Jedi Checklist Before Training For Your Next Race
Posted on 16 Sep, 2014
So you're signed up for a race, a new distance maybe. The first instinct is to jump right into it, to rack up as many miles as you can before the event. Nope, nothing wrong with that. But we think there are some things you could do to get more out of your training.
1. Simulate Your Race Route
Do some research on your race route and condition your body and mind accordingly. If there is a killer slope in the event you're signed up for, find a slope that is steeper and longer that you can train on. So come race day, when you are face-to-face with that steep incline, you can smile and say, "I own you."
2. Pace Out Your Training
It is good when we launch ourselves into things with a generous amount of enthusiasm, as long as we don't confuse our body's target condition with its current condition.
When attempting a new, longer distance, start with what feels comfortable. Each week, increase your mileage, by no more than 10 percent.
Also, alternate your easy and hard training sessions. An easy session would usually involve a short, slow run, or cross-training. "Hard" normally involves a long run, tempo run or intervals.
3. Don't Just Warm Up. Warm Down
To not pull, sprain, tear or break any of the good stuff the good Lord gave you, you should limber up before any physical activity. One routine that often gets overlooked, however, is the warm down. This is why it is important.
During exercise, your heart beats harder and faster to supply blood to the working muscles. When the oxygen, nutrients and leftover Kit Kat are used up, your muscles push the blood back to the heart to get re-oxygenated and re-nourished. A perfect blueprint to a beautiful system unless we stop too abruptly.
Two things usually happen right after you've had a killer workout; you congratulate yourself on a job well done, and you start calculating the amount of chocolate cake you've earned. And you forget to warm down.
At the end of physical activity, the muscles stops dialing in for more fuel. The heart slows and with it the force that pushes blood and waste products like lactic acids from the muscles. This process is often referred to as "blood pooling" and can cause swelling and pain.
A proper warm down keeps your blood circulating. This flushes your muscles of waste products, and brings fresh oxygen and nutrients to your muscles for rejuvenation.
4. Know The Difference Between Next-Day Soreness And Injury
Ever wake up feeling like you just part-timed as a piñata at a children's party? This usually happens after a heavy workout following a long layoff from physical activity.
But how do you tell if you've injured yourself, or if you're just sore?
Well, there are no black and white rules on this, but sore is when you feel a dull ache when you do mundane tasks like putting on your shirt or climbing out of bed. Injured is when you experience a sharp pain that restricts a particular range of motion and causes bad language to leave your mouth.
In an attempt to smash the running goals we've set for ourselves, we sometimes forget to listen to what our body is telling us. If something hurts, give it time to heal. Take a couple days off, and then ease back into your training. Remember, it's always better to be out for a few days, than to be ruled out for a season.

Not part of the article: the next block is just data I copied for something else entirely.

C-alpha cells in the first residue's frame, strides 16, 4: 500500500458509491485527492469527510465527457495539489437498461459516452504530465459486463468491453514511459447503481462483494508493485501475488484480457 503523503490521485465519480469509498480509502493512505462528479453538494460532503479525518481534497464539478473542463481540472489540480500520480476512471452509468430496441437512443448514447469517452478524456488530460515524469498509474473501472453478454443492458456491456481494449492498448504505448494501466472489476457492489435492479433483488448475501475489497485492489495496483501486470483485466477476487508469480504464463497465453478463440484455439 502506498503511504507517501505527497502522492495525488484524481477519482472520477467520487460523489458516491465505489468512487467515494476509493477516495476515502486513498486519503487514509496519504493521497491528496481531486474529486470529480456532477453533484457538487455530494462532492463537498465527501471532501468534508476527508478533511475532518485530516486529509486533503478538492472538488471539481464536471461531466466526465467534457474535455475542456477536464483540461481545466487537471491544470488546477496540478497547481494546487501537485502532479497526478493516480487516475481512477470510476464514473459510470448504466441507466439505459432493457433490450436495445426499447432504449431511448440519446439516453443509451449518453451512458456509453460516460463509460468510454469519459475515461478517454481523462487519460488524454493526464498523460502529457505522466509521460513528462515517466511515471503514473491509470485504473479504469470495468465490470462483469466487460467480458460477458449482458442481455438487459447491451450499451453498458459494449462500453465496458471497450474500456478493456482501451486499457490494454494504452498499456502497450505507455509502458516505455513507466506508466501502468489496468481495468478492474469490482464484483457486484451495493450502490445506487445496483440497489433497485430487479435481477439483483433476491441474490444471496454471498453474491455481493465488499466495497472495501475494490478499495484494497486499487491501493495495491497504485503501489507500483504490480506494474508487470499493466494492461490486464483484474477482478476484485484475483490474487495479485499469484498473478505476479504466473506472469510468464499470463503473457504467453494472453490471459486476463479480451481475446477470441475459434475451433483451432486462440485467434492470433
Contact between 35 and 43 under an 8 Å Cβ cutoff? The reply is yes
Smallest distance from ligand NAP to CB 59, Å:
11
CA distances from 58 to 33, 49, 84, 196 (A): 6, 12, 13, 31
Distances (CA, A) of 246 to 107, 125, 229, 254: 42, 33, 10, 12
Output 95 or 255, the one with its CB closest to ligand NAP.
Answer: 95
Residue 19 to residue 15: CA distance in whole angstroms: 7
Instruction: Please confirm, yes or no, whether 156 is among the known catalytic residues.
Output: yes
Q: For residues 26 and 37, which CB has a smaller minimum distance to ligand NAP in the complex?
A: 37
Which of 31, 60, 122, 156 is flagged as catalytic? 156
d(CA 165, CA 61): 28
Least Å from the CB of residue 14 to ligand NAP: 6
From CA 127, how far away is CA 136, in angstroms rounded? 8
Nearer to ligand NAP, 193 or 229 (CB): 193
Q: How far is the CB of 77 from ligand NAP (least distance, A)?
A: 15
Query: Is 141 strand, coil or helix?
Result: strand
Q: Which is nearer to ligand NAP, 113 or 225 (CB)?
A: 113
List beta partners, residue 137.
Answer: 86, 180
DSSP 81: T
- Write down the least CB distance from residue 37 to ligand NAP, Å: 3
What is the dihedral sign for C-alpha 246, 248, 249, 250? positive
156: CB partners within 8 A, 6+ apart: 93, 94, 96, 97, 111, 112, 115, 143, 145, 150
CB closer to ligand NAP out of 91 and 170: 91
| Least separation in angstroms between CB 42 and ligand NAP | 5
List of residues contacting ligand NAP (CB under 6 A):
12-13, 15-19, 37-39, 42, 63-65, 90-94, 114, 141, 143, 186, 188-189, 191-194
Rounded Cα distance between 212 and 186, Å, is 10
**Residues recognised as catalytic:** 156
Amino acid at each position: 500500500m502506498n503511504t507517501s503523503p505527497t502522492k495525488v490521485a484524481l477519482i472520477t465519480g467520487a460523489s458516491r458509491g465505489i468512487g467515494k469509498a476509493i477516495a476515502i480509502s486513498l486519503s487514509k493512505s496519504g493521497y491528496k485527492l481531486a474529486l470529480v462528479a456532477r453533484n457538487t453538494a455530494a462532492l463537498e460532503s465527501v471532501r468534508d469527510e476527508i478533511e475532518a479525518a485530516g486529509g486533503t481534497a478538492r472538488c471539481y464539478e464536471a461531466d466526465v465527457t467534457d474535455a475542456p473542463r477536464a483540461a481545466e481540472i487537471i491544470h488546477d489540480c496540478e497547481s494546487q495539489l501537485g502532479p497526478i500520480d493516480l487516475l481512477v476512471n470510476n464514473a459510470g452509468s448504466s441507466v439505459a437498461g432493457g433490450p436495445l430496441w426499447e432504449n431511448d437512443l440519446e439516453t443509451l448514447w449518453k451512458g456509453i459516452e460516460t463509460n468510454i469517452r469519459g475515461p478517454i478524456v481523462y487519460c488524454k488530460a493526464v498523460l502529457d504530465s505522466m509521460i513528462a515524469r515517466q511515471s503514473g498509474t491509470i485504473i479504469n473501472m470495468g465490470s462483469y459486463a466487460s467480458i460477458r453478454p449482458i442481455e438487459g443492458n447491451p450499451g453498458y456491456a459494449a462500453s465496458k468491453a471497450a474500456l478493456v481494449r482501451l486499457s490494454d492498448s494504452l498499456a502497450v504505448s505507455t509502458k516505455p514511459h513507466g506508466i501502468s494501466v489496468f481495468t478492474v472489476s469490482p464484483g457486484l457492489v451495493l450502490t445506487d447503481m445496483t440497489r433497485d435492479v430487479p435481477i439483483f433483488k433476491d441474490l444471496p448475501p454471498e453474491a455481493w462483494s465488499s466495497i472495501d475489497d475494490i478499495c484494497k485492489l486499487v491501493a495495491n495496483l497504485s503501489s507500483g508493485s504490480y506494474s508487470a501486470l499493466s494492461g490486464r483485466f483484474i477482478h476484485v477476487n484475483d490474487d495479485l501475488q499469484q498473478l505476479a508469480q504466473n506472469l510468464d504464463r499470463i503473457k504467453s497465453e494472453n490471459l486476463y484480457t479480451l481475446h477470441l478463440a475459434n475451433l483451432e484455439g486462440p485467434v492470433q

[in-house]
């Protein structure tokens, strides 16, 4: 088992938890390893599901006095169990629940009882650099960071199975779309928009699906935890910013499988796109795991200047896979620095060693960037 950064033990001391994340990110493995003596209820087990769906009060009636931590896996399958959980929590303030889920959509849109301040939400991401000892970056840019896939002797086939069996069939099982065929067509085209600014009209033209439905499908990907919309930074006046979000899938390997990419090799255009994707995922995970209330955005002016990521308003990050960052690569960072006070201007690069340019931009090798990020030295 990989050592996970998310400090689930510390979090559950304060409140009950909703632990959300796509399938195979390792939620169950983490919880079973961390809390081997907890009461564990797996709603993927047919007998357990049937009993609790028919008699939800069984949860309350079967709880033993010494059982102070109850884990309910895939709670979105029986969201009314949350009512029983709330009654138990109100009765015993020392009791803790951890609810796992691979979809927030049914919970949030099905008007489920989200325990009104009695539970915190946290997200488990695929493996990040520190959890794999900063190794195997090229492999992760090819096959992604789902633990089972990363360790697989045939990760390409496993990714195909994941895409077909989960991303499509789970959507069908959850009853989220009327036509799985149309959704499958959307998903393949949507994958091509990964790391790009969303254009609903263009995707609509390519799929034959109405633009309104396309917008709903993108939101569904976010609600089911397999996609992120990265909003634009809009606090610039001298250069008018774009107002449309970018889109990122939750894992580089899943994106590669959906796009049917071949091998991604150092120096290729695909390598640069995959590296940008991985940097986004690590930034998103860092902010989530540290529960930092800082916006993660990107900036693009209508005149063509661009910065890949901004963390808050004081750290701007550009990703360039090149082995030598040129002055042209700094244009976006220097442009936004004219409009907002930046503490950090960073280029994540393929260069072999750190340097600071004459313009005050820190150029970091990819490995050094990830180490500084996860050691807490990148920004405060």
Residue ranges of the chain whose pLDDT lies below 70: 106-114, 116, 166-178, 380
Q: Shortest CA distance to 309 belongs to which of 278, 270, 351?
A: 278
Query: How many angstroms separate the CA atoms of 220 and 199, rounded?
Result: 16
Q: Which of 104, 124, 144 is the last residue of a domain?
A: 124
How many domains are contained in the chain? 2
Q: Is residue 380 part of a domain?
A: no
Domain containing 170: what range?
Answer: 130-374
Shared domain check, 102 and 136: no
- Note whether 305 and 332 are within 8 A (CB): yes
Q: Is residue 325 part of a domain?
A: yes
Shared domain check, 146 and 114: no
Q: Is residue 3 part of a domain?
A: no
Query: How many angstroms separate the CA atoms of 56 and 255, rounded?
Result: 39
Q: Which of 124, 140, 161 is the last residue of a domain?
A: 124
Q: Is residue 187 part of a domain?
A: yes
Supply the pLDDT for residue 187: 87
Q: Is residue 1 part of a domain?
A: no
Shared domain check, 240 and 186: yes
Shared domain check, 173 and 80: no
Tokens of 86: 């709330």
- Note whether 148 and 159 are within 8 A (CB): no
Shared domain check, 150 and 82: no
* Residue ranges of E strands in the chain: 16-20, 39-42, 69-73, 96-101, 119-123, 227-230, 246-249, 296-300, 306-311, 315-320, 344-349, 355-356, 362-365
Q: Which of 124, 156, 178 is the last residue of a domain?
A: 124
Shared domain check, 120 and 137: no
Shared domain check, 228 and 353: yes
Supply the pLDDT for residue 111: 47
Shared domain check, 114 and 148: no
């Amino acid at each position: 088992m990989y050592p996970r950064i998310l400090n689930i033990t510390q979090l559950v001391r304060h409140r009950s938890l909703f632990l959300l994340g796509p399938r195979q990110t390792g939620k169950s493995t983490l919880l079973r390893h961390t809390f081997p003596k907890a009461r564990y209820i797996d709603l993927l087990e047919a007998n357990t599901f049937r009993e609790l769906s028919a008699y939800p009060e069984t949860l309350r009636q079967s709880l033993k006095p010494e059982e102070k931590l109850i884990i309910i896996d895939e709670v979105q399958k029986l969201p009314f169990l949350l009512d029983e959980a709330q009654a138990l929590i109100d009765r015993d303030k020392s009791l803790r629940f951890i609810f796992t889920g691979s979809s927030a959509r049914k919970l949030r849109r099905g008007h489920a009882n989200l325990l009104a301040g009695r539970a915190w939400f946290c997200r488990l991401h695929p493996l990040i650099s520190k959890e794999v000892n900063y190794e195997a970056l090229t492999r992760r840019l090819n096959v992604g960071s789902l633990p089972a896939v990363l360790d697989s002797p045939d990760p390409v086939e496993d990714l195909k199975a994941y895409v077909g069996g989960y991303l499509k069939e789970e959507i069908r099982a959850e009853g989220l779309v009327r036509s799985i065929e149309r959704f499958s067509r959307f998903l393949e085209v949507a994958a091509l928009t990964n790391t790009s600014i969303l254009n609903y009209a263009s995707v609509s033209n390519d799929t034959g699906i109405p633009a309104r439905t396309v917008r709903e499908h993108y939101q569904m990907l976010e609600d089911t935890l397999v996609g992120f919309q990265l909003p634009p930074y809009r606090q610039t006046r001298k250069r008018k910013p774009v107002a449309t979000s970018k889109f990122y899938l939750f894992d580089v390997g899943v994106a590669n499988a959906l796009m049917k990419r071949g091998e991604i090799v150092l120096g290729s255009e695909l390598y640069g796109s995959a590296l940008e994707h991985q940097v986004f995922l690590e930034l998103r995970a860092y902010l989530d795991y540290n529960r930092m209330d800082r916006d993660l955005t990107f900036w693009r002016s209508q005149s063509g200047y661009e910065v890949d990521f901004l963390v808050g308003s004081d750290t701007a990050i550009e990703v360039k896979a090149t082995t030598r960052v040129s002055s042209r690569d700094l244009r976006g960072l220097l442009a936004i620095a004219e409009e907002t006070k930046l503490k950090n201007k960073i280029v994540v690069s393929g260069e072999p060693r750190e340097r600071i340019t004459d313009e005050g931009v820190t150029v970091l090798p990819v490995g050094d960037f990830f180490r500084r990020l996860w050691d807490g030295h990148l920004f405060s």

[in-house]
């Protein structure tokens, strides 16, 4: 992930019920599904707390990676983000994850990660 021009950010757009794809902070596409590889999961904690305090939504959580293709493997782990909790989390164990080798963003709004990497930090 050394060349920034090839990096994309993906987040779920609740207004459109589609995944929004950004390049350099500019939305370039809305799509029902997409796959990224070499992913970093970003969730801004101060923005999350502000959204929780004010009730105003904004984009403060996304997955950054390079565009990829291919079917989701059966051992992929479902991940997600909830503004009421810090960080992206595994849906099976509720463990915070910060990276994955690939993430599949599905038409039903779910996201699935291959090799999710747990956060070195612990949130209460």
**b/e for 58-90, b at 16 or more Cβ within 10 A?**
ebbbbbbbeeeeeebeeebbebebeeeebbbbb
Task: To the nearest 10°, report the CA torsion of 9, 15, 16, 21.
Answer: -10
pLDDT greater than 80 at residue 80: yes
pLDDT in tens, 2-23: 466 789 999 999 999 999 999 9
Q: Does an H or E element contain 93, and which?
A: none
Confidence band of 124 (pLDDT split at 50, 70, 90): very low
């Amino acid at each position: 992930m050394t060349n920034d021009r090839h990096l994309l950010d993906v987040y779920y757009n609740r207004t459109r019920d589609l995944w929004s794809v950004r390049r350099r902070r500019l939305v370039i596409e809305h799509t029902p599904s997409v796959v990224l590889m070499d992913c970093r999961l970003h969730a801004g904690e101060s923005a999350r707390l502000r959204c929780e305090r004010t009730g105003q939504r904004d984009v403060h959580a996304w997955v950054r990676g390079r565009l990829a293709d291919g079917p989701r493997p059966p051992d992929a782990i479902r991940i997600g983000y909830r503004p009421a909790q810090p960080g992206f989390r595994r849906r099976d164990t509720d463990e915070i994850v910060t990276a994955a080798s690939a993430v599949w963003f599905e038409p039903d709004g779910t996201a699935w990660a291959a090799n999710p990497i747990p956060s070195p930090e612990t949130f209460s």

5. Establish A Diet That Works For You
Ask the internet what you should eat leading up to a race and you will probably get a laundry list that looks like this: foods packed with quality carbohydrates, minerals and antioxidants, vegetables and fruits, lean proteins, healthy fats... the list goes on.
An important thing to keep in mind, however, is that we all process food differently. Leading up to a race, it is crucial that we discover what foods work best for us. This is so that on race day, we can be assured our body will not reject our pre-race meal and cause us problems.
6. Sleep Like A Champion
Just as athletes need more calories than most people when they're in training, they need more sleep, too. Sleep is the time when your body repairs itself. If you don't get enough sleep, you won't perform well.
As race day nears, you may also want to adjust your sleeping and waking times to suit the time of your race. As a runner, you've probably learned that no race ever begins at a sane hour.
7. The Best Training For Running Is Running (But Not All The Time)
From the outside, running looks like a pretty low-risk sport. Just take one step, and repeat. No opponent to take on. No body contact with others. No fancy ninja moves to execute. But still, millions of runners get injured each year, mostly through the wear of repetition.
In your training, it is best to switch things up; with cross training and weight training. Engaging in low impact activities like biking and swimming does wonders for working other muscle groups and improving your cardio. And yoga is great for flexibility, balance and strengthening your core.
Always come ready to play. The great Dr George Sheehan made this statement, "Fitness has to be fun. Play is the process. Fitness is merely the product."
Smile as much as you can while running. It helps you stay loose, which is very important for good running form. When you run, don't clench your fists in a white-knuckle grip and don't bunch up your shoulders close to your ears. Be water. Or even better, be the wind.
Some Awesome Training Manuals For Runners
by John Bingham
by Peter Magill
by Joanna Sayago Golub